Patrick Archbold is co-founder of Creative Minority Report, a Catholic website that puts a refreshing spin on the intersection of religion, culture, and politics. When not writing, Patrick is director of information technology at a large international logistics company in New York.
The attack on religious liberty is a two front war. One front you know about, the other one you may not have noticed.
Language is the blunt instrument of choice with which the secularist left in this country bludgeons our freedoms. The secularist left has successfully used seemingly slight alterations in language to change the way ordinary people perceive an argument. Most people who pay attention to these things are very much aware of this tactic, as we have seen it so often.
This is nowhere more apparent today than in the President’s repeated use of the phrase “freedom of worship” rather than “freedom of religion.” They prefer and proffer this language change because “freedom of worship” is about something you do for one hour a week. “Freedom of religion” is about how you live in the other 167 hours of the week. The secularist left now in control of our government is content to allow one hour of free “worship” so long as they get to tell you how to live the other 167 hours. Of course, our Constitution does not guarantee us merely freedom of worship but freedom of religion. The first amendment is about all 168 hours a week, which is the whole point. The secularist left hopes that by repeated references to freedom of worship, you will eventually come to accept the diminution of your God-given rights.
This change in language is often coupled with another bit of lesser-known subterfuge used to rob people of their God-given freedom, the corporatizing of rights. By this, I mean the attempt to take rights that naturally and rightly belong to the individual and apply them only to a group. When these rights belong only to a group, then the government can determine who belongs to this group. This group will steadily become smaller and smaller until the right does not seem to exist at all.
A great example of this tactic is the battle over the second amendment. For over 150 years all Americans understood the second amendment as an individual right to keep and bear arms. The left’s great distaste for this right is well known, but the 2nd amendment seems fairly clear on this point. Undaunted, for years the left asserted, contrary to all historic understanding, that this “right” belonged not to the individual, but to a group. In this case “A well regulated Militia.” They attempted to make a result of the right, the right itself.
If only “A well regulated Militia” has a right to keep and bear arms, this right no longer applies to the individual and ultimately the government gets to decide who can be in and what constitutes “A well regulated Militia.” Membership in the group is then more and more narrowly defined that in the end, the corporate right ceases to exist in reality, as does your former individual right. Thankfully, thanks to determined groups of citizens, the former understanding of this right as an individual one has been reasserted and established by the Supreme Court. Thank heavens, for such liberty lost is only found again in blood-soaked places.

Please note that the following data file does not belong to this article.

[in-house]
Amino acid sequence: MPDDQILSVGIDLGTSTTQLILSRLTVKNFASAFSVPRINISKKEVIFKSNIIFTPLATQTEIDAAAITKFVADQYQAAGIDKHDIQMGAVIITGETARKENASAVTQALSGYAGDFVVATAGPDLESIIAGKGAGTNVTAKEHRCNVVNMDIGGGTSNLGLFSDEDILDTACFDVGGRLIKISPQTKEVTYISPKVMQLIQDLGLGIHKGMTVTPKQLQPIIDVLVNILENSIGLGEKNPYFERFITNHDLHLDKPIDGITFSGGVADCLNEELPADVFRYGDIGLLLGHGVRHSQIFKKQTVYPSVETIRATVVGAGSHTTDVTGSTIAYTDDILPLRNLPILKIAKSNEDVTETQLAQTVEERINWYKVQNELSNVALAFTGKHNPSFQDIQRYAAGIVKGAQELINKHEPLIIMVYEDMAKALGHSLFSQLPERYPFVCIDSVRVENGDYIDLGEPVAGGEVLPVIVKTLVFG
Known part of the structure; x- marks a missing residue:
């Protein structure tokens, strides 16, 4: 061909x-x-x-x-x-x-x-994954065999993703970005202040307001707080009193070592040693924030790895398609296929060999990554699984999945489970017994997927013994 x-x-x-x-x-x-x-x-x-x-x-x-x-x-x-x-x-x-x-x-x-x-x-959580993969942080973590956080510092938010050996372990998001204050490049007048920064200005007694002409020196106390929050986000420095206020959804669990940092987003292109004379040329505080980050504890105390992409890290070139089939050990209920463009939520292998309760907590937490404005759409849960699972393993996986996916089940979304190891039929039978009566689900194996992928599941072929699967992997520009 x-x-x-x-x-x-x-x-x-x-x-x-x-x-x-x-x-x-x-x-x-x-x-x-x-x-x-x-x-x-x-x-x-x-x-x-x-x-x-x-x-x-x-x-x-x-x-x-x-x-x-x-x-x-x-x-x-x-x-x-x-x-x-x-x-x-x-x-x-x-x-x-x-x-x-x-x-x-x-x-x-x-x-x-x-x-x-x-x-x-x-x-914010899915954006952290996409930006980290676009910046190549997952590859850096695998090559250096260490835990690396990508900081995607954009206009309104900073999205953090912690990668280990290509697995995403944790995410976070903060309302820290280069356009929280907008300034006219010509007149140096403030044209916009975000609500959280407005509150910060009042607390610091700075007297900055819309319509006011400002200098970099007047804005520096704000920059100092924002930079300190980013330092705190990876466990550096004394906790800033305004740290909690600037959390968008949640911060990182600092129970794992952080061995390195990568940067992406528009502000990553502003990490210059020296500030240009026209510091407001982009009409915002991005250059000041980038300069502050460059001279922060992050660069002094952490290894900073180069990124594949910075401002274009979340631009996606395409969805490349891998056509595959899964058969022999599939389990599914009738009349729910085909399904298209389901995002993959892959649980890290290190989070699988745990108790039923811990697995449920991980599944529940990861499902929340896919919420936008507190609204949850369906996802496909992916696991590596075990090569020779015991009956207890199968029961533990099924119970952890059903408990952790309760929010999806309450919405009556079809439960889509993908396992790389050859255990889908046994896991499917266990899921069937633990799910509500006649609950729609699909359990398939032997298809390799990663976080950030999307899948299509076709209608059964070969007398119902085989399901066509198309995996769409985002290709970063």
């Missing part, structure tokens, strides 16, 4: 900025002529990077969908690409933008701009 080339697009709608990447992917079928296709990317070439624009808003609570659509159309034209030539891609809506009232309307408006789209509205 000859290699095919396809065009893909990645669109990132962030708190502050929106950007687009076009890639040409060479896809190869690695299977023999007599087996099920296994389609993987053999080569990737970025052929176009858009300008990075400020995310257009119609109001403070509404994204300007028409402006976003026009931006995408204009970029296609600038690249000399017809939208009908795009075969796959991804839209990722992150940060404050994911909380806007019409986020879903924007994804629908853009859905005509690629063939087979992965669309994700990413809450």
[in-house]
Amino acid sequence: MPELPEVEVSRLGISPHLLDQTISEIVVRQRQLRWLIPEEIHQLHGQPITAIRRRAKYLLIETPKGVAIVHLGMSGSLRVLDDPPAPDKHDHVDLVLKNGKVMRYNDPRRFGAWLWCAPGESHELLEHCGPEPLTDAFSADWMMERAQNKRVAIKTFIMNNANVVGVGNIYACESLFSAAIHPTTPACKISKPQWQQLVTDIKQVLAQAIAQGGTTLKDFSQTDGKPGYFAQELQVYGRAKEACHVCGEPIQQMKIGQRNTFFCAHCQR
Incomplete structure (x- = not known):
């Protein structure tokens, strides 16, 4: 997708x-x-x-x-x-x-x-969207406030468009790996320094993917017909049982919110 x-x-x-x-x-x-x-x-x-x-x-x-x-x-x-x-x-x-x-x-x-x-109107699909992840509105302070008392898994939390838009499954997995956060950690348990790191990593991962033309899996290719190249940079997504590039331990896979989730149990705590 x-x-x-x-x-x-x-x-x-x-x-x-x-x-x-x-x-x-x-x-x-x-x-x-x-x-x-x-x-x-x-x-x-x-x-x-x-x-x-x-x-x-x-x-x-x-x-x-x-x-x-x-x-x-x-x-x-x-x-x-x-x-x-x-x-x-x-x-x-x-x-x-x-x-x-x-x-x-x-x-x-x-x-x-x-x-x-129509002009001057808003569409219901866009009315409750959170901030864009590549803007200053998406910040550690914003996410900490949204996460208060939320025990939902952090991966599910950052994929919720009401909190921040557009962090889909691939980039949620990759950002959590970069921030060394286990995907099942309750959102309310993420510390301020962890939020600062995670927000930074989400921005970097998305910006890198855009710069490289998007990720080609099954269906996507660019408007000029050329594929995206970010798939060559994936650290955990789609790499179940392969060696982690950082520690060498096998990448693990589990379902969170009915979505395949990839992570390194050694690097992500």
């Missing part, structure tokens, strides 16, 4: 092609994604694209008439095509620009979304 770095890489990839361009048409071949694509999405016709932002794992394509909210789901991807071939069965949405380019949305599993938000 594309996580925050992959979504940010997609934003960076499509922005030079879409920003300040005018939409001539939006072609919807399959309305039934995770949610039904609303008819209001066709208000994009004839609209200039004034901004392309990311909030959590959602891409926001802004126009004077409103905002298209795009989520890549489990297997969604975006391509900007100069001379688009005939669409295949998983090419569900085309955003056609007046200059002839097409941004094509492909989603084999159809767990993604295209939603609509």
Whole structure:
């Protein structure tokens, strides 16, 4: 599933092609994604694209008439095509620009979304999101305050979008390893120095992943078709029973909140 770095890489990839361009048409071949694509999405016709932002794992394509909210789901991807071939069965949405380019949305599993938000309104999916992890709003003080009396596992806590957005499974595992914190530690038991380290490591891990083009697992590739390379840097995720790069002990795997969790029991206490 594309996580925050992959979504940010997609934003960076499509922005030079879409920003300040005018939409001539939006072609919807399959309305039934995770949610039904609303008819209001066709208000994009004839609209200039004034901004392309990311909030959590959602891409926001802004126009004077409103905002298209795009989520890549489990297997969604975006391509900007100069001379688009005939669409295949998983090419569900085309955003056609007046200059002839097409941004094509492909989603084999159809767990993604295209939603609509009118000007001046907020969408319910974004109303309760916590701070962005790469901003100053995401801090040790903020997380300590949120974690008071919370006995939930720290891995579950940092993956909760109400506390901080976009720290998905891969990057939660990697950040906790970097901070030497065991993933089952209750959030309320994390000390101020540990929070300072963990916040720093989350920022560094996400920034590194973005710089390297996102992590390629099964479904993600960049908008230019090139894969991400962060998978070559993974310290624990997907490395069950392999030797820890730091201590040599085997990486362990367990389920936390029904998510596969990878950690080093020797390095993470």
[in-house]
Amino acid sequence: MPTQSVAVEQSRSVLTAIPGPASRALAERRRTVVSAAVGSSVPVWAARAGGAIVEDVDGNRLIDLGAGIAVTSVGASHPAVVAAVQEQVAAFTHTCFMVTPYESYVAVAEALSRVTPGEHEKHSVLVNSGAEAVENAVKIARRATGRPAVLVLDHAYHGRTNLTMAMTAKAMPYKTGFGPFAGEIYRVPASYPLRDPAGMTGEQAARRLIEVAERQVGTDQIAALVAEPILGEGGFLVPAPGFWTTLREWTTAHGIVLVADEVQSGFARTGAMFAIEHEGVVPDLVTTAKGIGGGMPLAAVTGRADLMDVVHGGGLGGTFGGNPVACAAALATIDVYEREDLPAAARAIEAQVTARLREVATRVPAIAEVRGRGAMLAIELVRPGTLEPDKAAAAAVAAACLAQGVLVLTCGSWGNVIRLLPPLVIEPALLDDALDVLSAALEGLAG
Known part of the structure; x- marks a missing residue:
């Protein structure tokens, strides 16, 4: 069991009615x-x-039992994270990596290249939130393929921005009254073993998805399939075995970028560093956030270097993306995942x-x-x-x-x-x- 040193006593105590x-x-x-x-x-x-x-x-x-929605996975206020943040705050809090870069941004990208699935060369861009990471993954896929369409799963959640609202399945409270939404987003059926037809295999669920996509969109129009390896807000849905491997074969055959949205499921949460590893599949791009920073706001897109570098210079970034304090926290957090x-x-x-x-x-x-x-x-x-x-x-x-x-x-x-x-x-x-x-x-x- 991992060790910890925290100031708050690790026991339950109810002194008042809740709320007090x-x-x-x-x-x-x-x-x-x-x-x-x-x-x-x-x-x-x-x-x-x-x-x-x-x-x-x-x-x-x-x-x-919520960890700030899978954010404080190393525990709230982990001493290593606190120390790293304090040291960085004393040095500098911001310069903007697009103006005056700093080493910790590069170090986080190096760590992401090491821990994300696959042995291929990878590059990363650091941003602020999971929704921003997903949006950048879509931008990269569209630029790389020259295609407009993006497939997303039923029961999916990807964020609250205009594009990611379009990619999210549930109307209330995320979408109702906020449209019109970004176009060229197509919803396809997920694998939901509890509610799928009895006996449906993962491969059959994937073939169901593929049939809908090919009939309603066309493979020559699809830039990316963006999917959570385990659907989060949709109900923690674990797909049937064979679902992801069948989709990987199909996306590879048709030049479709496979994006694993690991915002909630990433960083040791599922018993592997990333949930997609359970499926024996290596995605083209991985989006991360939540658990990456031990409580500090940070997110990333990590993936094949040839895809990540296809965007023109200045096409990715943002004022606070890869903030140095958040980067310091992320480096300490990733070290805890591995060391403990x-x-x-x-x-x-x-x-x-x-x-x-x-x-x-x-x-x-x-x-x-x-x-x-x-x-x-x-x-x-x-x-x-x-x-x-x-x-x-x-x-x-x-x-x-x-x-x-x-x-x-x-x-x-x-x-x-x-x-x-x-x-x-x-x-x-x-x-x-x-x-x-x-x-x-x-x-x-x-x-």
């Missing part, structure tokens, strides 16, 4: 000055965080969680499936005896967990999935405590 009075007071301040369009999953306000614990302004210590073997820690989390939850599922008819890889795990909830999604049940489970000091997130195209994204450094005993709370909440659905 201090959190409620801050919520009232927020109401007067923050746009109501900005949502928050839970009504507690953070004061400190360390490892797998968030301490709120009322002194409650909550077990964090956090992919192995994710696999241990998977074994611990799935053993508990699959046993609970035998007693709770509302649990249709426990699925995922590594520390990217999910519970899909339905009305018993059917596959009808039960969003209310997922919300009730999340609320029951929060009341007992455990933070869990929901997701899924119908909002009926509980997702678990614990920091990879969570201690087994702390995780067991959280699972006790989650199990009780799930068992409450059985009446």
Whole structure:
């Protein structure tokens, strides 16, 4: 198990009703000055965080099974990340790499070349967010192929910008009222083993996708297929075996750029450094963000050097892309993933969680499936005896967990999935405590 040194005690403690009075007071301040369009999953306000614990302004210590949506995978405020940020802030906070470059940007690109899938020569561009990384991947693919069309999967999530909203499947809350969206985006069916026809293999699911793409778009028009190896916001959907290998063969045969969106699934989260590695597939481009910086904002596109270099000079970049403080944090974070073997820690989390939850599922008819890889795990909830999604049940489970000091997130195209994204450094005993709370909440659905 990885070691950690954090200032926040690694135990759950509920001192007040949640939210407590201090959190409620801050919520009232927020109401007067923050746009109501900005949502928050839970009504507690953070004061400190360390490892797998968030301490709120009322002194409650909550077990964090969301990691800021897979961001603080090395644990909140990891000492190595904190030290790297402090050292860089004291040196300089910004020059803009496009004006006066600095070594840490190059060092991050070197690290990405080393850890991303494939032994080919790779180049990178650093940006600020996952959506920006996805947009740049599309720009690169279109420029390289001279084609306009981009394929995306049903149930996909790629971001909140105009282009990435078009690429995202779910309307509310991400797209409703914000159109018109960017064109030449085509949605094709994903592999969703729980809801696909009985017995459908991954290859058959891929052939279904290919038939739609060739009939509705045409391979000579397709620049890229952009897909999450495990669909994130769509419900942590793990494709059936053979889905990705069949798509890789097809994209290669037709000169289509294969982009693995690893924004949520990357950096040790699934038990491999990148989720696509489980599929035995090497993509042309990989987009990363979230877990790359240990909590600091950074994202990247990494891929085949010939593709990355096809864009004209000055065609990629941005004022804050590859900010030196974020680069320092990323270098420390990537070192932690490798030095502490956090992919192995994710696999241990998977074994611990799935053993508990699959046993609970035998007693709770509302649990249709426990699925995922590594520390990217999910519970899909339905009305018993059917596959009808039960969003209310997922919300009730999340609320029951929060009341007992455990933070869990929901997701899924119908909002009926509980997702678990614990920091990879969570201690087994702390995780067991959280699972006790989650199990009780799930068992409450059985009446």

As I watch the debate on Obamacare and the HHS mandate, the secularist left is using this same corporatizing tactic to attack your fundamental right to religious liberty.
So much of the debate over the HHS mandate has focused on the expansion of the conscience clause to cover not only religious institutions themselves but also religiously affiliated institutions like hospitals and colleges. This is where the left wants the argument. They desire an argument about which institutions have this freedom and which do not. If this is the argument, religious liberty is lost no matter how much the President deigns to expand or restrict its application. If this is the argument, they win no matter what. They win because they have just corporatized your right.
When this happens, you are no longer free to exercise your religion as you see fit. This freedom now only belongs to religions, narrowly defined corporate entities dedicated to a belief system.
Freedom of religion has just become freedom of religions. We lose.
The first amendment of the Constitution guarantees the freedom of religion. This is an individual right. This means I, me, an individual have the right to practice my religion as I see fit. It means I have the right to put into practice my religious precepts in all aspects of my life, even if I am a business owner. The government has no right, no right to pass any law prohibiting the free exercise thereof. This means the government has no right to force me, an individual and perhaps a business owner, to purchase something for myself or my employees, something that I find to be religiously and morally repugnant.
The 1st amendment guarantees me the right to practice my religion. This is not a corporate right that applies to certain institutions as defined under this regulation or that. This freedom belongs to me, an individual, it is mine and I want it.
Do not let the government transmogrify your individual freedom of religion into some lesser thing known as freedom of religions. If they do and even if we win the battle to modify or expand the HHS conscience protections to cover a whole host of religiously affiliated institutions, we have lost the war.
Do not cede your individual and God-given right to freedom of religion. Do not let them corporatize something that belongs to you. Remember, as I said before, for such liberty lost is only found again in blood-soaked places, if ever it is found again at all.